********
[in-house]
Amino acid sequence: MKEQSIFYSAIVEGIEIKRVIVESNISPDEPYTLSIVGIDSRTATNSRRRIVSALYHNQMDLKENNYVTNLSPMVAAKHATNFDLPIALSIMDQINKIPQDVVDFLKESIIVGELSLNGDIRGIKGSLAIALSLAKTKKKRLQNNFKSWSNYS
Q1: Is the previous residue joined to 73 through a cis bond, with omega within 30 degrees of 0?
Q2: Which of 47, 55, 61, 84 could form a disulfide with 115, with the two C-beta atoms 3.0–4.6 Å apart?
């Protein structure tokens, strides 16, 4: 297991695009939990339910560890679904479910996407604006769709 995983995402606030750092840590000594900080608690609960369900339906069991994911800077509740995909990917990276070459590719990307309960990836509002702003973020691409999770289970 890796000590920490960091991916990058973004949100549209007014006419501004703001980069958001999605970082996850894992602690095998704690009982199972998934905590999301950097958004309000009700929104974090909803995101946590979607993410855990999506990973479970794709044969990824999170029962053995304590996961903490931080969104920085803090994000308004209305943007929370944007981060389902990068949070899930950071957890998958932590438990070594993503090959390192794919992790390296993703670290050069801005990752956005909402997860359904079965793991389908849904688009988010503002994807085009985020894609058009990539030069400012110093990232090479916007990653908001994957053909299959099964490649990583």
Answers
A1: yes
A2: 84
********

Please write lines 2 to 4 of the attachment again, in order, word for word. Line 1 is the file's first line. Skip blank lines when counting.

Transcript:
Amino acid sequence: MKEQSIFYSAIVEGIEIKRVIVESNISPDEPYTLSIVGIDSRTATNSRRRIVSALYHNQMDLKENNYVTNLSPMVAAKHATNFDLPIALSIMDQINKIPQDVVDFLKESIIVGELSLNGDIRGIKGSLAIALSLAKTKKKRLQNNFKSWSNYS
Q1: Is the previous residue joined to 73 through a cis bond, with omega within 30 degrees of 0?
Q2: Which of 47, 55, 61, 84 could form a disulfide with 115, with the two C-beta atoms 3.0–4.6 Å apart?